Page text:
When shopping for vitamins, it can be hard to make the right choice. There are piles of products and a bevy of brands—and is there really a difference? The truth may be a hard pill to swallow.
A new study from Consumerlab.com found forty percent of the best-selling vitamins, did not contain the ingredient amounts stated on their labels. And many of the deficient brands failed to pass two or more quality tests.
This study is shocking, but unfortunately, not uncommon because vitamins, herbs, and supplements are not regulated in the U.S. So, my advice is to only buy from established brands that pass some sort of independent quality test. You can find them at online at ConsumerLab or USP. The labs offer lists of tested products and which ones stand up to scrutiny. Don’t be misled by a label—know what you are paying for.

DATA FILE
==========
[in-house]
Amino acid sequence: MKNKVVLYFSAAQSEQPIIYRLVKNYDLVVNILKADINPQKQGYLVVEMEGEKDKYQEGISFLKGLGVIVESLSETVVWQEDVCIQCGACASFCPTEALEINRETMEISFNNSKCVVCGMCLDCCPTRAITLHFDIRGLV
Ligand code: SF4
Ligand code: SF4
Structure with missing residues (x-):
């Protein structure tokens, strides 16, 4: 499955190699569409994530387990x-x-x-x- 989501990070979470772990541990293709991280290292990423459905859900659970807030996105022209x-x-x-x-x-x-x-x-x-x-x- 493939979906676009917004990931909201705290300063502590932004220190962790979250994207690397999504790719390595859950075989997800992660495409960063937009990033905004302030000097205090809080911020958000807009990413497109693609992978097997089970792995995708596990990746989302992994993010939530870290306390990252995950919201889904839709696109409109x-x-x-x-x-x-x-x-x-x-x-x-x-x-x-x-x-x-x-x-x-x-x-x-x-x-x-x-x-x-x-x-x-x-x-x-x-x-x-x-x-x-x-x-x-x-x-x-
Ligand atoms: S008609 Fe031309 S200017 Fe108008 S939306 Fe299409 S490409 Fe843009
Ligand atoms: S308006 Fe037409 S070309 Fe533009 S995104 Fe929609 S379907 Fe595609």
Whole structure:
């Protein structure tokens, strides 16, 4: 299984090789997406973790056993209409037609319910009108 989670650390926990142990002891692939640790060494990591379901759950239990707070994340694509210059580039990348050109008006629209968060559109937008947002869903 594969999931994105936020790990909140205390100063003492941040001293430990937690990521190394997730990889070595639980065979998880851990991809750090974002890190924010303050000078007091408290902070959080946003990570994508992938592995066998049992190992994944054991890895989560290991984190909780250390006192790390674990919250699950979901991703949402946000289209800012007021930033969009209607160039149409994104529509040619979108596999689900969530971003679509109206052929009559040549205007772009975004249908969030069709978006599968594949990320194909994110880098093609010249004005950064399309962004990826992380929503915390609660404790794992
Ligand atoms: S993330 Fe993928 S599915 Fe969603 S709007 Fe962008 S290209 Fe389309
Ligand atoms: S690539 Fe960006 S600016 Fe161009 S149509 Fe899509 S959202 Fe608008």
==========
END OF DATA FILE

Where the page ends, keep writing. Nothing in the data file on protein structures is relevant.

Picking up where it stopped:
Here are some of my other blogs on the topic:
- Could Supplements Harm Me?
- ConsumerLab.com puts multivitamins to the test
- ConsumerLab lists the top-rated vitamin and supplement brands
- ConsumerLab.com Finds Quality Problems with Nearly 30% of Fish Oil Supplements Reviewed; “Fishy” Claims Identified
- Review of Vitamin C supplements finds high quality but a wide range in prices
- Probiotics grow in popularity but don’t always deliver on promises
- ConsumerLab.com announces test results of supplements for menopause
- DHEA Supplements, Touted For Anti-Aging And Strength, Reviewed By Consumerlab.Com
- Valerian “Sleep” Supplements Vary Widely in Key Compounds
- Watch out for fake Bilberry supplements cautions ConsumerLab
BTW, you can listen to the podcast of this news story here.
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